The lack of media scrutiny baffles RuPaul. “I’ll tell you what, I’m under so much scrutiny and people try to catch me in lies or try to find holes in my story…and rarely do I see them really go after the White House or the President on those same terms. People go after the good guys and I consider myself a good guy.”
One of RuPaul’s most well known quips is, “If you can dance you can start a revolution.” So, does RuPaul think George W. Bush can dance?
“I don’t think he can,” he said. “I don’t think he has the ability to connect with that organic force. There’s an energy that surrounds this planet that each of us can connect with. That’s what I mean by ‘If you can dance you can start a revolution.’ If you can let yourself go and become part of that energy you can start a revolution.”
On “Red Hot” RuPaul tackles issues with songs that get you dancing and thinking at the same time. “Love is Love” takes on the issue of marriage equality. “I was inspired to write ‘Love is Love’ because of the government and religion’s take on where I should focus my love. I can’t believe that someone who believes in love and who’s ever been in love could ask someone else to not follow their heart,” he said. “If I pay my taxes and do my share with the business of government I should have every right to love who I want to love or to marry or for them to share in the benefits that the government gives in terms of marriage. I can’t believe that we even have to explain that this is important. It’s something that everybody should be able to understand.”
To RuPaul, marriage equality is a no-brainer. “It comes down to just fear and love in this lifetime. You’re either operating from a place of love or a place of fear,” he said. “Why would you be afraid of love?”
Love is certainly not on RuPaul’s list of phobias. “Red Hot” is a very positive album with songs of self-acceptance and love like “Looking Good, Feeling Gorgeous” and “Coming Out of Hiding.” Through pop, dance, and a little R&B, RuPaul seems determined to make self-esteem chic.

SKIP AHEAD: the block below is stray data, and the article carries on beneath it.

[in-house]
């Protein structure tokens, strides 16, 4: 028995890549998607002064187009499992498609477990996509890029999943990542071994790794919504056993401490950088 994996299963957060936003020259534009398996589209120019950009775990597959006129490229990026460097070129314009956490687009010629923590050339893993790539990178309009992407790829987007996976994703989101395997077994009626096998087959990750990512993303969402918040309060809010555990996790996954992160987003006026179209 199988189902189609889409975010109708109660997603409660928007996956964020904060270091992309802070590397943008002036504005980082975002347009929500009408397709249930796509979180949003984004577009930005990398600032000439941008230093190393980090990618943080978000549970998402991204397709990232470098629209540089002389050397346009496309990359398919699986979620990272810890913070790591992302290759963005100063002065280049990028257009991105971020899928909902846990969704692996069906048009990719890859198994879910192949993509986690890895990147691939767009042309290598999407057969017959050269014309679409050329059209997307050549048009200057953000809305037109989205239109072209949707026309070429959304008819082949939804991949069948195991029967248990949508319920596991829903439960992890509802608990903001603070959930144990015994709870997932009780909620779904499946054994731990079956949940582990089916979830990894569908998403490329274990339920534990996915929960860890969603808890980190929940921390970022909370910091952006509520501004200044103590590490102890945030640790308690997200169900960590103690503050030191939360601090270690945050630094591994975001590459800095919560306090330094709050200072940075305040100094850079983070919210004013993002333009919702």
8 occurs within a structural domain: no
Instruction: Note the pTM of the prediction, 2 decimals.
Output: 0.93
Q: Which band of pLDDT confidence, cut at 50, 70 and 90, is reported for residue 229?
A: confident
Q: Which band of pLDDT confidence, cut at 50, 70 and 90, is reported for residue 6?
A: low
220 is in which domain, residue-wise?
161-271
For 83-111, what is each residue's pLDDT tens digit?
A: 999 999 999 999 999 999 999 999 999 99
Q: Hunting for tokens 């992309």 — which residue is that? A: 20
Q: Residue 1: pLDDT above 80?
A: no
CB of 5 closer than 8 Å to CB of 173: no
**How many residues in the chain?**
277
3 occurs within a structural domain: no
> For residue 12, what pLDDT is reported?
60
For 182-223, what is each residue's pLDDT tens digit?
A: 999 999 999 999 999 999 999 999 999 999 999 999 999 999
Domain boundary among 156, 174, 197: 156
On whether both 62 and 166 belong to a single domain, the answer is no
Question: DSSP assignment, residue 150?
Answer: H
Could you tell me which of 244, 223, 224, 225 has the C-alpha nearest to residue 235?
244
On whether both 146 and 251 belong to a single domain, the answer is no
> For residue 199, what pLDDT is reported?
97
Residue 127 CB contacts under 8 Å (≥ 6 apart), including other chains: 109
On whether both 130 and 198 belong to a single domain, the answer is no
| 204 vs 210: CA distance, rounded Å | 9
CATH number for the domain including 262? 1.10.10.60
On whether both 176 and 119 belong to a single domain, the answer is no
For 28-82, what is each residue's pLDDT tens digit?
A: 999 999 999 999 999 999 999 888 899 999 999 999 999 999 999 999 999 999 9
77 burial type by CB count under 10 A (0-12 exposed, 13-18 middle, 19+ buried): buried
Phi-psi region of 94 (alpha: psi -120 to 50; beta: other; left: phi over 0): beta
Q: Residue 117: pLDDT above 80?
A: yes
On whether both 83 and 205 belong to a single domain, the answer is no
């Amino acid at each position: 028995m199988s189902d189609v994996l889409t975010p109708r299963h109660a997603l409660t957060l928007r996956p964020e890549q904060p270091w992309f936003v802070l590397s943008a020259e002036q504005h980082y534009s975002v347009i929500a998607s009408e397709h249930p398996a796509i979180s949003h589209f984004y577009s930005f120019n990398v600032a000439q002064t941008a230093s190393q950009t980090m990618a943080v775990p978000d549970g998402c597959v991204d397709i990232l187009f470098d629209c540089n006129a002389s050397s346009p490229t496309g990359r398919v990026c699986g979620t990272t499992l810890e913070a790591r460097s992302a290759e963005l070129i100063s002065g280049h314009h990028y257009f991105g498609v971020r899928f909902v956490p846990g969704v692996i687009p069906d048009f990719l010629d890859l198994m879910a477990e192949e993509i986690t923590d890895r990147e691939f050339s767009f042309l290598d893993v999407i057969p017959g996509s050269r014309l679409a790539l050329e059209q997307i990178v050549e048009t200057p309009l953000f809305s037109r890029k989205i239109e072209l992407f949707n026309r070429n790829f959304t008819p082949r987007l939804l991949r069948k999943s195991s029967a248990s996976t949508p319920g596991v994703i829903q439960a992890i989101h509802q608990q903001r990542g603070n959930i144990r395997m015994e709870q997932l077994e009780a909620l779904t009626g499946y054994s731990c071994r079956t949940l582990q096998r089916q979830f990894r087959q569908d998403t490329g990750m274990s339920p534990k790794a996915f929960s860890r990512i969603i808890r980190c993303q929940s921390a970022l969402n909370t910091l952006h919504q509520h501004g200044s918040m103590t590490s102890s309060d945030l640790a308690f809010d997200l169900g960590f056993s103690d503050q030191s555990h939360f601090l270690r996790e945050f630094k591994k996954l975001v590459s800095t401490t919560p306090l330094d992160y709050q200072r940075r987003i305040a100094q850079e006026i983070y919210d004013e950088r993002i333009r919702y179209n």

This is especially important for LGBT youth. “I think [positive energy] is missing. I think it’s missing for a lot of the gay kids. There is ‘Will and Grace’ and there’s ‘Queer Eye’ but I don’t think that’s enough,” he said. “Unfortunately most of the kids who are out in the midwest still don’t feel like they’re part of anything, still don’t feel like there’s a place for them. This album I wanted to do all the fun sassy things I do but wrap it around positive messages.”
Messages like, “Accept me as I am or don’t accept me at all – it doesn’t matter. It’s not going to change how I feel about myself,” he said.
“When you watch those talk shows where a drag queen or a gay person comes on, the audience somehow has carte blanche to treat that guest as a second class citizen,” he said. “They boo, they hiss…. At what point was it okay to treat a human being like that?”
Somebody has to have the courage to counteract the negativity. “I think it’s very important to have the positive images,” he said. “They can boo and hiss all they want but there has to be the other side of that. And I haven’t seen a lot of that in recent years.”
But expect to see it now, because RuPaul is back. “Everything today is so homogenized. Everything’s so slick and has been spun and is sterile and basically, I think, lifeless. My fans can expect an energized RuPaul, the way they saw me the first time.”